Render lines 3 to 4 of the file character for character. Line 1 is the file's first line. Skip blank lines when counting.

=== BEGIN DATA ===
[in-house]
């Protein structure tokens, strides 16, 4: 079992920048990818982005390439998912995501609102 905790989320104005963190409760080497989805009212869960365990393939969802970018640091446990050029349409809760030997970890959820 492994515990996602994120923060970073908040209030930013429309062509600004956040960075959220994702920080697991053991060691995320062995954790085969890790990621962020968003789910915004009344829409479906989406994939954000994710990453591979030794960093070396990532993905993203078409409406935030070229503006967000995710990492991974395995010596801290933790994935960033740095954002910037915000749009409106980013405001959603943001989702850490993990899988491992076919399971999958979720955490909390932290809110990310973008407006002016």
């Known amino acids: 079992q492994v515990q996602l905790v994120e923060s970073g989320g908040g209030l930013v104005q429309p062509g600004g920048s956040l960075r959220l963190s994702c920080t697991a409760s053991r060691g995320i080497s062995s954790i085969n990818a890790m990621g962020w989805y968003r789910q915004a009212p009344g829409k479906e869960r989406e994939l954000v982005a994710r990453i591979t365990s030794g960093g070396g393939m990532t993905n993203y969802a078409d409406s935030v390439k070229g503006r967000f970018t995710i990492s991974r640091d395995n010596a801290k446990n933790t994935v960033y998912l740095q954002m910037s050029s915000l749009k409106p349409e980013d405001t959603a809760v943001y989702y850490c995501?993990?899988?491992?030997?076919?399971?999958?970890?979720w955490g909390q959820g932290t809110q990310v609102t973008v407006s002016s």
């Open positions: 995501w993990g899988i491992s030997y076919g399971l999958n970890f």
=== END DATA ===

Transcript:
């Known amino acids: 079992q492994v515990q996602l905790v994120e923060s970073g989320g908040g209030l930013v104005q429309p062509g600004g920048s956040l960075r959220l963190s994702c920080t697991a409760s053991r060691g995320i080497s062995s954790i085969n990818a890790m990621g962020w989805y968003r789910q915004a009212p009344g829409k479906e869960r989406e994939l954000v982005a994710r990453i591979t365990s030794g960093g070396g393939m990532t993905n993203y969802a078409d409406s935030v390439k070229g503006r967000f970018t995710i990492s991974r640091d395995n010596a801290k446990n933790t994935v960033y998912l740095q954002m910037s050029s915000l749009k409106p349409e980013d405001t959603a809760v943001y989702y850490c995501?993990?899988?491992?030997?076919?399971?999958?970890?979720w955490g909390q959820g932290t809110q990310v609102t973008v407006s002016s």
């Open positions: 995501w993990g899988i491992s030997y076919g399971l999958n970890f």